How We Frame the Message of a Prenatal Down Syndrome Diagnosis Matters
In the beginning, there were only pieces of understanding, we had yet to put together the puzzle to see the bigger picture. It began with an unexpected call from our midwife. An affront. A soft marker announcing the possibility of Down syndrome — Down syndrome? Uncertainty, shock, doubt, fleeting moments of glee, because what a caring and compassionate big sister our first-born would become. Sadness and fear — fear? Of what? Or of whom? I later ask myself. Of the unknown. Fragments of worry stab at my chest every day we do not know. Waiting. Until we know for sure we don’t know. A blood test, a repeat ultrasound. We still don’t know. More waiting. A scheduled appointment at the Genetics Clinic in the hospital to discuss the results. In person. This is a life we are talking about. The baby’s and ours.
A genetic counsellor leads us into a sterile room. It’s been two weeks, and we still don’t know. She fumbles, “the ultrasound images look good to me, from what I can see,” she leans in conspiratorially, “nothing here suggests Down syndrome.” She doesn’t know. Anything.
The doctor, a high risk obstetrician, blows in like the wind, calm and composed, sharp. Her words will cut into me. She introduces herself and tells us about how her children are a similar spread in age to ours. She congratulates us on the pregnancy. She’s personable and I like her right away. She doesn’t keep us waiting, gets to the point.
“Your blood test results indicated a one in 40 chance that your baby will be born with Down syndrome,” she pauses, “The findings from your ultrasound increased that number by 50-fold.”
I thought, 50 seems high… but it was my husband who did the math correctly, dropping his face into his hands.
“There’s an over 90 percent chance that your baby will be born with Down syndrome.”
“But, what does that mean?” I cut in.
She can’t really tell us conclusively, she says, without an amniocentesis (all that has changed now).
I’m staring into her eyes, pleading. “Please,” mother-to-mother, “tell me.” I want to know the truth.
She registers my pain, vulnerability — helplessness. Her face softens.
“I see over 200 ultrasounds a week and I know Down syndrome when I see it. If I could say 100 percent certain I would, but they won’t let me.”
The truth, finally. She gave it to me.
“Now, I have to bring this up.” She seems apologetic and at first it doesn’t register why — then it does. “You only have a few weeks left if you wanted to terminate…” She looks to me, and I look to my husband. I know how we both feel, but a small kernel of doubt lodges itself in my heart. What if he changes his mind? My husband knocks it free, sends it flying.
“No,” he says firmly, resolute, “we wouldn’t consider that.” This was our baby we were talking about.
“OK,” says our doctor — ever kind, empathetic, perhaps relieved? — without a hint of judgement in her voice. The decision was ours and ours alone to make. A decision that should never have to be made because it shouldn’t be offered.
“Would you like to speak to a social worker? Someone who specializes in grief counseling and helping families in your situation?”
“Yes,” my voice returns, “please have her come.”
The two women leave the room. We are alone together.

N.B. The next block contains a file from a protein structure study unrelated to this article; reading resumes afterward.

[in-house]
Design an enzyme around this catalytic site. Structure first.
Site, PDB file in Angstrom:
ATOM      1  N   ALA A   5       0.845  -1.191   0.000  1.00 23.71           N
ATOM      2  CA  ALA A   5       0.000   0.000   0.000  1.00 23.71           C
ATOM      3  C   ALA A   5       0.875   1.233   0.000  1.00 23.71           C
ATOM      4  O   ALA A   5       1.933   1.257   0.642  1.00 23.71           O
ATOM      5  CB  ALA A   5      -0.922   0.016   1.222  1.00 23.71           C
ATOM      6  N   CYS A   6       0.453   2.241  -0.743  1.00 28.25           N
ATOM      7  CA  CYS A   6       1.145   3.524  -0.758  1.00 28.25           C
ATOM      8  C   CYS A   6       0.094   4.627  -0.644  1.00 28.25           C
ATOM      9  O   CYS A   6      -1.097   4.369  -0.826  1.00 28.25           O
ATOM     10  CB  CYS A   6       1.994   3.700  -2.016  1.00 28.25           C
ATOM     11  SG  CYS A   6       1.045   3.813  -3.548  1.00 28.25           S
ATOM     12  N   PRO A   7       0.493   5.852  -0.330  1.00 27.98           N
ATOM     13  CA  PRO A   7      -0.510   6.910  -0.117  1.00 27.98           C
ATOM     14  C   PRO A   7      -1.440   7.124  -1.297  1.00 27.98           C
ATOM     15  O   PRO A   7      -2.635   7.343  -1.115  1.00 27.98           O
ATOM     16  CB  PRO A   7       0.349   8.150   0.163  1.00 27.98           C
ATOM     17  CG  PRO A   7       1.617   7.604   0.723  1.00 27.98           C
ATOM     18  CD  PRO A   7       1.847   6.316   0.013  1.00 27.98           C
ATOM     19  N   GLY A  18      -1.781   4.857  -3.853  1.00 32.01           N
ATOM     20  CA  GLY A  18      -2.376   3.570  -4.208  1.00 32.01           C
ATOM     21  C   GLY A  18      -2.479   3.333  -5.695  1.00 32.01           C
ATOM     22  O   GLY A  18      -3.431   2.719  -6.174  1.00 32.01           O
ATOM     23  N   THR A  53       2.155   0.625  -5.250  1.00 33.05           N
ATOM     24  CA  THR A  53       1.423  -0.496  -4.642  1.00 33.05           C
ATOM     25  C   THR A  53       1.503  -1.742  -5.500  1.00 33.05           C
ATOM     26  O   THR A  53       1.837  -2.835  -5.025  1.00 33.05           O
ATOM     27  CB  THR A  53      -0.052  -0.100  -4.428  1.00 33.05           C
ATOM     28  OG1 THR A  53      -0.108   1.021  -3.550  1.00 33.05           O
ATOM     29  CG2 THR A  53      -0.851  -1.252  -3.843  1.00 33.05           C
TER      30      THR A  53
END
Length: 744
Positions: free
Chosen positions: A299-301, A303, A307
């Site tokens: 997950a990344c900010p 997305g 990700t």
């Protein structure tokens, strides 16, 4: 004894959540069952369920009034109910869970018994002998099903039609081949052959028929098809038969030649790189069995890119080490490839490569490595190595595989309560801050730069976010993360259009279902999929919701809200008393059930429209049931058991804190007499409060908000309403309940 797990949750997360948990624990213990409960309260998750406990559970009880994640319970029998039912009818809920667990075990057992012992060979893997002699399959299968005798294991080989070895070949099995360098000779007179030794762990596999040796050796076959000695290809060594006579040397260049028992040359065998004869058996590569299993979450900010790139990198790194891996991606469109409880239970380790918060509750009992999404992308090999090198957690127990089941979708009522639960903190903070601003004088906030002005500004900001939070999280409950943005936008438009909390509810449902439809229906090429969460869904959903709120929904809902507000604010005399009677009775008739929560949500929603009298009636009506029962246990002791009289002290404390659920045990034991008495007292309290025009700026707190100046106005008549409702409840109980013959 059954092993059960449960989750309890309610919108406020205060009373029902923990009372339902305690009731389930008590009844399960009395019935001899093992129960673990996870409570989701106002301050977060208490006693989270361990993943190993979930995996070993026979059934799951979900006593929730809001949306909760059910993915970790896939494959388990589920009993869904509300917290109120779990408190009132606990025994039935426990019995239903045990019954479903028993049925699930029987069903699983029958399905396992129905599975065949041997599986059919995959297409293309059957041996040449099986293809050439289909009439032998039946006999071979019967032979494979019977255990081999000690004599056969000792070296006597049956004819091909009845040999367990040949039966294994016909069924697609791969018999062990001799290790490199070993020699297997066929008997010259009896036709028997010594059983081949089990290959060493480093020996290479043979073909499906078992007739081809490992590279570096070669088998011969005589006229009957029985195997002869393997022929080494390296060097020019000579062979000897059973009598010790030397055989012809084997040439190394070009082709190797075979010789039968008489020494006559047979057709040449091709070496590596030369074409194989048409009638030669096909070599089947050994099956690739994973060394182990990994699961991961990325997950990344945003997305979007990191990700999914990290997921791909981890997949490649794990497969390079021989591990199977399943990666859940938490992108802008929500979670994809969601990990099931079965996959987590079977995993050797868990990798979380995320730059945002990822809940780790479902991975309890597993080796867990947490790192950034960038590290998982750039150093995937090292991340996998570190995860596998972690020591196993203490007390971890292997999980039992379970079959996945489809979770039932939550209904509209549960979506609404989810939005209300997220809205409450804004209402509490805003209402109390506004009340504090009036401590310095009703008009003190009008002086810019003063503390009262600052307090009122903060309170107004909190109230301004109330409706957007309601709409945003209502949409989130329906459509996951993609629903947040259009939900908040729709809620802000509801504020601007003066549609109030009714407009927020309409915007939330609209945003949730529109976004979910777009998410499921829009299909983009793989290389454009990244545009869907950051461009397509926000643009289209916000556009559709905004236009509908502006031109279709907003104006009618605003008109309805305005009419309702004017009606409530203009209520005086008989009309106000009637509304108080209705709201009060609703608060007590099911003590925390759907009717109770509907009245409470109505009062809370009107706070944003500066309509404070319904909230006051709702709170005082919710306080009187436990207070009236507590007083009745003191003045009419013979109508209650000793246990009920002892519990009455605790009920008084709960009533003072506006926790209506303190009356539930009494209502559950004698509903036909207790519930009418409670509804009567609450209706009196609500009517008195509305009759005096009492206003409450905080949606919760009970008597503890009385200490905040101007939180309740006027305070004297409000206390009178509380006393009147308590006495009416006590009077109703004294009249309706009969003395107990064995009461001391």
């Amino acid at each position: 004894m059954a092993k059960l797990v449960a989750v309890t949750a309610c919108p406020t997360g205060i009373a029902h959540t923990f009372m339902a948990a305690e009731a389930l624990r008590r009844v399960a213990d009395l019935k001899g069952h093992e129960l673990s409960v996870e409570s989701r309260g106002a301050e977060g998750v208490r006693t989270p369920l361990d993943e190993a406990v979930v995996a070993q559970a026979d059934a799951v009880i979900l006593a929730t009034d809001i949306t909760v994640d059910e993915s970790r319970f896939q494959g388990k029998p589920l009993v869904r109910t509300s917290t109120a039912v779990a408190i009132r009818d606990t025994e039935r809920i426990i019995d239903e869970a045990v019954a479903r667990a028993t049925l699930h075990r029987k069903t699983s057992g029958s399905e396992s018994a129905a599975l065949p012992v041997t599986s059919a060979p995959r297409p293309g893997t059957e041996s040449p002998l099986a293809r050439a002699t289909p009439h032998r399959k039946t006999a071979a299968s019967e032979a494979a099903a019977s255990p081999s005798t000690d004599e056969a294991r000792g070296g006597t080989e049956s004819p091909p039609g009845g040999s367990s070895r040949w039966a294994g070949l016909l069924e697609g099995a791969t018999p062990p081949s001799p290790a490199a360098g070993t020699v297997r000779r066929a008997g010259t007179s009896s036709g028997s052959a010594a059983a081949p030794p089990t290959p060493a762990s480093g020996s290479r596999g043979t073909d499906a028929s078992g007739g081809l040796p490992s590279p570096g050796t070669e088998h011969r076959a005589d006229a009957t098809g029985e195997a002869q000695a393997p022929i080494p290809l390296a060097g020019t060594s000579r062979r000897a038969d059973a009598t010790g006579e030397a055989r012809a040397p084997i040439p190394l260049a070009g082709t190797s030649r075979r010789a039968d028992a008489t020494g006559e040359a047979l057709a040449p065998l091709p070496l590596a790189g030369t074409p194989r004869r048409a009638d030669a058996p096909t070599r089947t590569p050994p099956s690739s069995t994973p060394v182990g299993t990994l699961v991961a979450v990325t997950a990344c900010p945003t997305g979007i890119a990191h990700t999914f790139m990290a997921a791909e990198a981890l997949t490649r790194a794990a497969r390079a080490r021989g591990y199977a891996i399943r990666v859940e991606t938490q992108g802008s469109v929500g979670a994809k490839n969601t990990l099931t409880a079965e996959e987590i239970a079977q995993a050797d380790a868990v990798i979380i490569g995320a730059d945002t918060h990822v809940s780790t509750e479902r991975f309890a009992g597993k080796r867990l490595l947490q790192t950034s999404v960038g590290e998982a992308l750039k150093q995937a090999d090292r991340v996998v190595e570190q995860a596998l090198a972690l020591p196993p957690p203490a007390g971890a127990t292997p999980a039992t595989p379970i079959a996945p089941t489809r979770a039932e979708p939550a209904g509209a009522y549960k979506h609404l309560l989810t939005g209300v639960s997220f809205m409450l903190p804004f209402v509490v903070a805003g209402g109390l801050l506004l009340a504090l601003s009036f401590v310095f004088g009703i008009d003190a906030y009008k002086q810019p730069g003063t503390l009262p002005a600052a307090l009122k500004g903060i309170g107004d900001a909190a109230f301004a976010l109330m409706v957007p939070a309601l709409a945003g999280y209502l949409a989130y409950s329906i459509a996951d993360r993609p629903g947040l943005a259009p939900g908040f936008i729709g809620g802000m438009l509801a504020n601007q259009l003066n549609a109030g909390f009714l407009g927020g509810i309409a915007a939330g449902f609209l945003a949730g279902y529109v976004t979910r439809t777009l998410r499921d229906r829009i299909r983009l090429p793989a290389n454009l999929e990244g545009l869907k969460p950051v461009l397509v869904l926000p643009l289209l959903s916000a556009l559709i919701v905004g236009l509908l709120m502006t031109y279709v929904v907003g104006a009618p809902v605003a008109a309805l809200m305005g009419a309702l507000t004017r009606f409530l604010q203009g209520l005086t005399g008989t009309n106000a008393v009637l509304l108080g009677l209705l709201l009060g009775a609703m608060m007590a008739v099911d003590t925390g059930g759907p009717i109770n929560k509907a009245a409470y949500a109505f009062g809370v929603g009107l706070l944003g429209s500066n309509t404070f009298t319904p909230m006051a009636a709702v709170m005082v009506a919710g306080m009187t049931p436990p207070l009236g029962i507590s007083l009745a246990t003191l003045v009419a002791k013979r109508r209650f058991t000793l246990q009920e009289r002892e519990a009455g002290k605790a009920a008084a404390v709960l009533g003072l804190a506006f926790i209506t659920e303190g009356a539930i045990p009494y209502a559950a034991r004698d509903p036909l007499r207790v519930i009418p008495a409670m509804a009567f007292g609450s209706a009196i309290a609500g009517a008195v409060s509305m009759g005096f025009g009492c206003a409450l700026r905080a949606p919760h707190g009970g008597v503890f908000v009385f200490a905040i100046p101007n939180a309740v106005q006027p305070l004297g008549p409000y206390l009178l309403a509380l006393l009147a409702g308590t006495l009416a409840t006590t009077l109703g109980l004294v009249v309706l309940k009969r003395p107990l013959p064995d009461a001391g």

Soft tears. A strong embrace.
“Now we know,” I say.
“Now we know,” he echoes back.
The social worker, Valerie, who we met that day saves my life. She sets us on a path to healing. She also plants the seed for advocacy that blooms into the brightest flower, and will produce the most beautiful garden.
My husband and I are hurting. There is no doubt we were hurting. Valerie’s words are the balm to my open wounds. Words I can hang on to over time, and use to sow seeds of my own. Words I can smooth over in my pocket like a polished lucky stone; words to mend my heart. She gives us permission to grieve the loss of the typical baby we were expecting. That was how I felt, like Down syndrome meant the loss of our baby’s life I had imagined in my head. Valerie also silently advocates for the value of our daughter’s life. “You don’t need to do anything differently,” she says when I ask her, “you will love her the same as you would any child.”
“How do we tell people?” I am reeling, mortified, even feeling somewhat ashamed. I take it back, I don’t want to know. But, I do.
“How you choose to frame the message that your baby will be born with Down syndrome will help shape how those around you will react,” she answers.
Let us start there, with framing the right message. This I could control.
“She has Down syndrome and she’s healthy. That’s all you have to tell them.”
“She’s healthy,” I repeat the words, “and she has Down syndrome.” Valerie beams down at me, happy to see I understand.
This was our baby we were talking about, of course I was going to be positive, even if I didn’t feel that way at the time.
Six and a half years later, while I have much to learn, what I do know is this: how we choose to frame the message of a prenatal diagnosis matters. That we were given accurate and timely information from our doctor; that we were offered support and counseling; that we weren’t judged or guided to make decisions; that the health care team by and large valued every human life equally — these things matter, they matter a lot. The words and the intentions behind the words matter immensely.
She has Down syndrome; she’s healthy. And, the words never spoken aloud but left hanging in the air that matter the most: she deserves to live.
Getty image by DenKuvaiev